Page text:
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What is the mathematical formulae for noise bandwidth for a 1st order low pass system (and a second order LP systems analysis if possible). What is the importance of this concept, how and when is it applied? A nice graph showing the noise BW and the BW and mathematical derivations would be excellent (for both 1st and 2nd order systems). Extensions to bandpass filters would be helpful too.

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  • \$\begingroup\$ Are you interested in the thermal noise stuff and that for a given bandwidth, thermal noise is x and that with a tighter filter, the thermal noise will be some fraction of x? \$\endgroup\$ – Andy aka May 22 '13 at 14:24
  • \$\begingroup\$ @Andyaka question edited for clarity, there is no mention on the site so far concerning this fundamental noise concept. This is more than about the fact that if you decrease the BW the noise decreases, it's about how to calculate that noise properly. There are necessary constraints on the characteristics of the noise but it need not be thermal. \$\endgroup\$ – placeholder May 22 '13 at 14:41
  • \$\begingroup\$ Other than thermal, are you considering that shot noise is what you want in the answer? \$\endgroup\$ – Andy aka May 22 '13 at 16:31
  • \$\begingroup\$ @Andyaka That's entirely up to you. Although a good answer will allow the reader to understand when the concept is applicable. I will answer the question if there isn't a good one forth coming but I'll give it a couple of days so see what happens. Provide your answer based upon your knowledge/research as you see fit I don't want to lead the witness ... \$\endgroup\$ – placeholder May 22 '13 at 16:54
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The noise bandwidth \$B_N\$ of a (linear time-invariant) system is defined as the bandwidth which an ideal filter with a rectangular frequency response would need to have to get the same noise power at the output, given that the input noise to both systems is identical and white. The ideal filter is usually assumed to have the same maximum gain as the system under consideration. From this definition, it follows that the noise bandwidth is given by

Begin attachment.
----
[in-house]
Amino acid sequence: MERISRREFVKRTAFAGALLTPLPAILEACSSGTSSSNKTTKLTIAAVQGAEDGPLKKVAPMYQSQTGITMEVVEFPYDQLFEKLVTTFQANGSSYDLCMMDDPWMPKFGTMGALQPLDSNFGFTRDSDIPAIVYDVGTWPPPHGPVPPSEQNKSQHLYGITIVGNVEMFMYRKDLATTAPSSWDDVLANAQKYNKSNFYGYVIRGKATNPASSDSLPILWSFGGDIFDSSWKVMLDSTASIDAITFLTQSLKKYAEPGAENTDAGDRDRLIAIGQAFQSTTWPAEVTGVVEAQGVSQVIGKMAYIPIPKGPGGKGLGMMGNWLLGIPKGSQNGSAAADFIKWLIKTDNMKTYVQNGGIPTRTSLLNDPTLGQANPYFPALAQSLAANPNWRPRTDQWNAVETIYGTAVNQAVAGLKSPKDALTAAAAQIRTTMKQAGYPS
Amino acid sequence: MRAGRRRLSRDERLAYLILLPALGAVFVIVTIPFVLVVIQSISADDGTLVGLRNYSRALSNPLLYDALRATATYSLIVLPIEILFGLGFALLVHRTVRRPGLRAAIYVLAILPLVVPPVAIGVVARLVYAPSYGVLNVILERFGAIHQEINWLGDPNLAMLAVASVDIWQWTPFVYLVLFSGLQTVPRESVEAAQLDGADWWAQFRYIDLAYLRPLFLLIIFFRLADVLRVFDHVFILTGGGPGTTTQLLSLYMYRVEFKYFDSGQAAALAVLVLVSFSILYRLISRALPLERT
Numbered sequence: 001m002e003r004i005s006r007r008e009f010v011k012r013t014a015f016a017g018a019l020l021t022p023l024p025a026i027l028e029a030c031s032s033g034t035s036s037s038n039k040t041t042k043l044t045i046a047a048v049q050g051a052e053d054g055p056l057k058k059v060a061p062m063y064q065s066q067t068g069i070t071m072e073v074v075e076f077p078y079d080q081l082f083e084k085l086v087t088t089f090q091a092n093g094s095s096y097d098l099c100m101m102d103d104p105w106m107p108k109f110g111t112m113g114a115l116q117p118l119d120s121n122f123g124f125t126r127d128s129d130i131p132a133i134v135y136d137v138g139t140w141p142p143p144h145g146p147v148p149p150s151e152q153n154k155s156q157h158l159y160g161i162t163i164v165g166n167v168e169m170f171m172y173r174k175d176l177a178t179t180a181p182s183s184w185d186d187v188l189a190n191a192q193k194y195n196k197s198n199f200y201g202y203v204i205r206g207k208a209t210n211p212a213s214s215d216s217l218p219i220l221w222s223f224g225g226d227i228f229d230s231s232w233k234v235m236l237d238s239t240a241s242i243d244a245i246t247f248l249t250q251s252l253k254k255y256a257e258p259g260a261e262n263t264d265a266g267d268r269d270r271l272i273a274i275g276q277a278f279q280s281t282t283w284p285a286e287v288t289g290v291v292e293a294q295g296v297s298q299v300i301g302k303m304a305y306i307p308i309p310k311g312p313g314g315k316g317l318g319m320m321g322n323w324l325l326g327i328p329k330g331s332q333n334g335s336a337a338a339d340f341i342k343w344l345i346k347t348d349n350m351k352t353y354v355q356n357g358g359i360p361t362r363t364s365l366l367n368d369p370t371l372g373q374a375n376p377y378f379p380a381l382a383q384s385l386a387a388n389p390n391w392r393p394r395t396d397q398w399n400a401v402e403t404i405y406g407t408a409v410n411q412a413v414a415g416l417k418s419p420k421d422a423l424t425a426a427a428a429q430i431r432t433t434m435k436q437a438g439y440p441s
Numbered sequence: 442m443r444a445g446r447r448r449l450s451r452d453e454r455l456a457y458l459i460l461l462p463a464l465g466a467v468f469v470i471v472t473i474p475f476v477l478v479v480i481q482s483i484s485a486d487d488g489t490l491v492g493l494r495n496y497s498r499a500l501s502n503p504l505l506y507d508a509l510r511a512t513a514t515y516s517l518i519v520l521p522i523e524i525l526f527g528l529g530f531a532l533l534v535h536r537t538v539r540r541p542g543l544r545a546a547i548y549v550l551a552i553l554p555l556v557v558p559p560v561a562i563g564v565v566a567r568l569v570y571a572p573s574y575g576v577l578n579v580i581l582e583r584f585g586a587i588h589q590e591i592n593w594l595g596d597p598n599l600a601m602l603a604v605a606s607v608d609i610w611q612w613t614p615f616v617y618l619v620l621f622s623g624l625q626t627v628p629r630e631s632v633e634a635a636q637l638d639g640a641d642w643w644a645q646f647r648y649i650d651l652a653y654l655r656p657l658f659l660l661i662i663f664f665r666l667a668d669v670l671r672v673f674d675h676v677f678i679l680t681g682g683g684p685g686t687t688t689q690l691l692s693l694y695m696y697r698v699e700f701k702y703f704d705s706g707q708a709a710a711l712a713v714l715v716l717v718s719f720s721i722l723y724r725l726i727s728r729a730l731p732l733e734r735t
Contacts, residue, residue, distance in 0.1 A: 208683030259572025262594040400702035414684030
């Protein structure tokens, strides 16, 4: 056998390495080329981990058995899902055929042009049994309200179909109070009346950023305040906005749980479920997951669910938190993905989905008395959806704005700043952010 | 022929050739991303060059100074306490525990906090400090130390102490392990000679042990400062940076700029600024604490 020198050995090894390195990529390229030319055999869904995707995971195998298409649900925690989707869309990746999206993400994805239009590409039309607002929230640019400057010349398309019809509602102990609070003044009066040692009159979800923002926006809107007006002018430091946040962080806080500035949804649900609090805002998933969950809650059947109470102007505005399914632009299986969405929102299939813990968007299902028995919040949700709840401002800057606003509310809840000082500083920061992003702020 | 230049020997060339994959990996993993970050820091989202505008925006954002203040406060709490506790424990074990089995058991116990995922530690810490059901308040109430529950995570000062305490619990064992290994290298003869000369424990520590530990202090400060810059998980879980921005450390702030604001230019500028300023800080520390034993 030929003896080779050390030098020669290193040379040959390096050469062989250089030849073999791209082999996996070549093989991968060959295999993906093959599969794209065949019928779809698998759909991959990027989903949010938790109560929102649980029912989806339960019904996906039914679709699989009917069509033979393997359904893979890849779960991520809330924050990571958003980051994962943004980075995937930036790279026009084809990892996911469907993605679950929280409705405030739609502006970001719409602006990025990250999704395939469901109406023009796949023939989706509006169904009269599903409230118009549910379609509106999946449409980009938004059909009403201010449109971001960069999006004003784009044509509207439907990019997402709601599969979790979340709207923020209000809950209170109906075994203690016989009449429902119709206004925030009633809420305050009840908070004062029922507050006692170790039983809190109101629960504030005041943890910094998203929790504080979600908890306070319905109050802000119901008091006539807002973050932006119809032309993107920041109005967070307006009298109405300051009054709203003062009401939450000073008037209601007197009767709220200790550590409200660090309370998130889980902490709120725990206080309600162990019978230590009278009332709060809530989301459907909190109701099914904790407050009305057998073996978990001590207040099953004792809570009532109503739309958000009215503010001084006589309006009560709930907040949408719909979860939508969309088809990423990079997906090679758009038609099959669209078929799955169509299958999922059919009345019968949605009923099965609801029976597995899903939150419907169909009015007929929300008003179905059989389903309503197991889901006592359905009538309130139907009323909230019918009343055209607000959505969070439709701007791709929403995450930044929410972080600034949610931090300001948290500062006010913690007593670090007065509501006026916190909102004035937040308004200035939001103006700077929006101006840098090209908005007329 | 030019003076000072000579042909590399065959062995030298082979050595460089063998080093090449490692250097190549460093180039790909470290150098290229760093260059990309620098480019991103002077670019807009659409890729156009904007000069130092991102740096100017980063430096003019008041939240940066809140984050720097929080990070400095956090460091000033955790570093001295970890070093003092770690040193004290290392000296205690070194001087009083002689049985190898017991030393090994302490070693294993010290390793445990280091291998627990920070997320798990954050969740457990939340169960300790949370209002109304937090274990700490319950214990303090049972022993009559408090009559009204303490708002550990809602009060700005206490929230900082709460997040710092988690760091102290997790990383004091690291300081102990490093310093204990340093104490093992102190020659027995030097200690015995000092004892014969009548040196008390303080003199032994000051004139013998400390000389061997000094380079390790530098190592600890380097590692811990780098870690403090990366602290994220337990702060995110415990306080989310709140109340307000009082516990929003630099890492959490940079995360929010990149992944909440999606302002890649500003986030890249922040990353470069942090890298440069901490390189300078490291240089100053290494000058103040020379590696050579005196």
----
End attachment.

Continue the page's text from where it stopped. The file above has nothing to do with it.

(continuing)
$$B_N=\frac{1}{H_{max}^2}\int_{0}^{\infty}|H(f)|^2\;df\tag{1}$$

where \$H(f)\$ is the system's frequency response and

$$H_{max}^2=\max_{f}|H(f)|^2$$

Definition (1) is valid irrespective of the specific characteristics of \$H(f)\$. So it is valid for lowpass systems as well as for bandpass systems, or other types of filters.

For a simple first order lowpass system (e.g. an \$RC\$ lowpass), we have

$$H(f)=\frac{1}{1+jf/f_c}$$ with \$f_c\$ the -3dB cut-off frequency. From (1) we get for the noise bandwidth

$$B_N=\int_{0}^{\infty}\frac{1}{1+(f/f_c)^2}df= f_c\int_{0}^{\infty}\frac{1}{1+x^2}dx= f_c\arctan(x)|_{0}^{\infty}=f_c\frac{\pi}{2}$$

In this case we see that the noise bandwidth is larger than the -3dB frequency by a factor of \$\pi/2\$.

For a second order system everything is similar, but slightly more complex. The integral gets a bit more involved and the value of \$H^2_{max}\$ needs to be determined, because there can be overshoot in the frequency response, depending on the damping. If I have more time later on I might add details about second order systems. For the time being I hope that the answer is clear enough so that everybody can derive the noise bandwidth of any system they are interested in.

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